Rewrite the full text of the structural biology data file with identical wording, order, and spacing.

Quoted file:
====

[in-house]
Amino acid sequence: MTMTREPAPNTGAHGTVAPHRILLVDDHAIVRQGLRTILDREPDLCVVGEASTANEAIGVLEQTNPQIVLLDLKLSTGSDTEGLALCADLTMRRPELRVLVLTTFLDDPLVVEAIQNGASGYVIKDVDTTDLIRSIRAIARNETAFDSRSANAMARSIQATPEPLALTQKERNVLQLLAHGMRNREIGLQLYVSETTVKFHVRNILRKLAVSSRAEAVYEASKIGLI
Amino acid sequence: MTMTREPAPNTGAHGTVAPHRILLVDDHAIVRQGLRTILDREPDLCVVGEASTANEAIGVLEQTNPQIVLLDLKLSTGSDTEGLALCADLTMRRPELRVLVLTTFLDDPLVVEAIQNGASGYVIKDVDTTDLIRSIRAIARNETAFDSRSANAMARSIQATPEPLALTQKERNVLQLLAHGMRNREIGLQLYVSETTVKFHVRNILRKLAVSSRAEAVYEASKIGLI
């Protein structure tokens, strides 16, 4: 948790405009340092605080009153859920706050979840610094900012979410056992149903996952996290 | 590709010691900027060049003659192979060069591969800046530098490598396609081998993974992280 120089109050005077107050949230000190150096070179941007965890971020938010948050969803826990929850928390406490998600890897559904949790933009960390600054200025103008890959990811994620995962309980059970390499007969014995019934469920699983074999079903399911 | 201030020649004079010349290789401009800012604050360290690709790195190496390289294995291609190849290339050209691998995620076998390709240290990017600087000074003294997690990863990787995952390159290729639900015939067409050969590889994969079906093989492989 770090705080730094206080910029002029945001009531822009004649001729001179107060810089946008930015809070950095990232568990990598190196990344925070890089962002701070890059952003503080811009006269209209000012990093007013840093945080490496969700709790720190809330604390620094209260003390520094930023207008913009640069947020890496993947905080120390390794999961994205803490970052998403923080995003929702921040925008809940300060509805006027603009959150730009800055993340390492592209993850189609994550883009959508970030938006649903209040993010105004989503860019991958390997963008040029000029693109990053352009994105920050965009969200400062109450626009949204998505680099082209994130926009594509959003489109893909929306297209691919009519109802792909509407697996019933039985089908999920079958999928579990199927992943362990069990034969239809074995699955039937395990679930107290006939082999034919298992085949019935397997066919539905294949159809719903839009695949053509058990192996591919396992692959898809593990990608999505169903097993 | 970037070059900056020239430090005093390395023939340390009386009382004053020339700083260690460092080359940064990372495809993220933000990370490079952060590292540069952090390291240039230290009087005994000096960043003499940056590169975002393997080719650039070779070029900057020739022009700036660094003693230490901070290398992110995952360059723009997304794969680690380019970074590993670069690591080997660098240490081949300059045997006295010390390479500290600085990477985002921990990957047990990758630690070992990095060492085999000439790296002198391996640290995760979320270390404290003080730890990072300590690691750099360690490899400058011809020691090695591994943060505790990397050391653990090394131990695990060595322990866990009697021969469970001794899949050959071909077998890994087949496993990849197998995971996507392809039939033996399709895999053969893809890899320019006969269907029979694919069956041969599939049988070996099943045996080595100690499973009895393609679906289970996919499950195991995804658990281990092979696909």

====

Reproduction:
[in-house]
Amino acid sequence: MTMTREPAPNTGAHGTVAPHRILLVDDHAIVRQGLRTILDREPDLCVVGEASTANEAIGVLEQTNPQIVLLDLKLSTGSDTEGLALCADLTMRRPELRVLVLTTFLDDPLVVEAIQNGASGYVIKDVDTTDLIRSIRAIARNETAFDSRSANAMARSIQATPEPLALTQKERNVLQLLAHGMRNREIGLQLYVSETTVKFHVRNILRKLAVSSRAEAVYEASKIGLI
Amino acid sequence: MTMTREPAPNTGAHGTVAPHRILLVDDHAIVRQGLRTILDREPDLCVVGEASTANEAIGVLEQTNPQIVLLDLKLSTGSDTEGLALCADLTMRRPELRVLVLTTFLDDPLVVEAIQNGASGYVIKDVDTTDLIRSIRAIARNETAFDSRSANAMARSIQATPEPLALTQKERNVLQLLAHGMRNREIGLQLYVSETTVKFHVRNILRKLAVSSRAEAVYEASKIGLI
């Protein structure tokens, strides 16, 4: 948790405009340092605080009153859920706050979840610094900012979410056992149903996952996290 | 590709010691900027060049003659192979060069591969800046530098490598396609081998993974992280 120089109050005077107050949230000190150096070179941007965890971020938010948050969803826990929850928390406490998600890897559904949790933009960390600054200025103008890959990811994620995962309980059970390499007969014995019934469920699983074999079903399911 | 201030020649004079010349290789401009800012604050360290690709790195190496390289294995291609190849290339050209691998995620076998390709240290990017600087000074003294997690990863990787995952390159290729639900015939067409050969590889994969079906093989492989 770090705080730094206080910029002029945001009531822009004649001729001179107060810089946008930015809070950095990232568990990598190196990344925070890089962002701070890059952003503080811009006269209209000012990093007013840093945080490496969700709790720190809330604390620094209260003390520094930023207008913009640069947020890496993947905080120390390794999961994205803490970052998403923080995003929702921040925008809940300060509805006027603009959150730009800055993340390492592209993850189609994550883009959508970030938006649903209040993010105004989503860019991958390997963008040029000029693109990053352009994105920050965009969200400062109450626009949204998505680099082209994130926009594509959003489109893909929306297209691919009519109802792909509407697996019933039985089908999920079958999928579990199927992943362990069990034969239809074995699955039937395990679930107290006939082999034919298992085949019935397997066919539905294949159809719903839009695949053509058990192996591919396992692959898809593990990608999505169903097993 | 970037070059900056020239430090005093390395023939340390009386009382004053020339700083260690460092080359940064990372495809993220933000990370490079952060590292540069952090390291240039230290009087005994000096960043003499940056590169975002393997080719650039070779070029900057020739022009700036660094003693230490901070290398992110995952360059723009997304794969680690380019970074590993670069690591080997660098240490081949300059045997006295010390390479500290600085990477985002921990990957047990990758630690070992990095060492085999000439790296002198391996640290995760979320270390404290003080730890990072300590690691750099360690490899400058011809020691090695591994943060505790990397050391653990090394131990695990060595322990866990009697021969469970001794899949050959071909077998890994087949496993990849197998995971996507392809039939033996399709895999053969893809890899320019006969269907029979694919069956041969599939049988070996099943045996080595100690499973009895393609679906289970996919499950195991995804658990281990092979696909």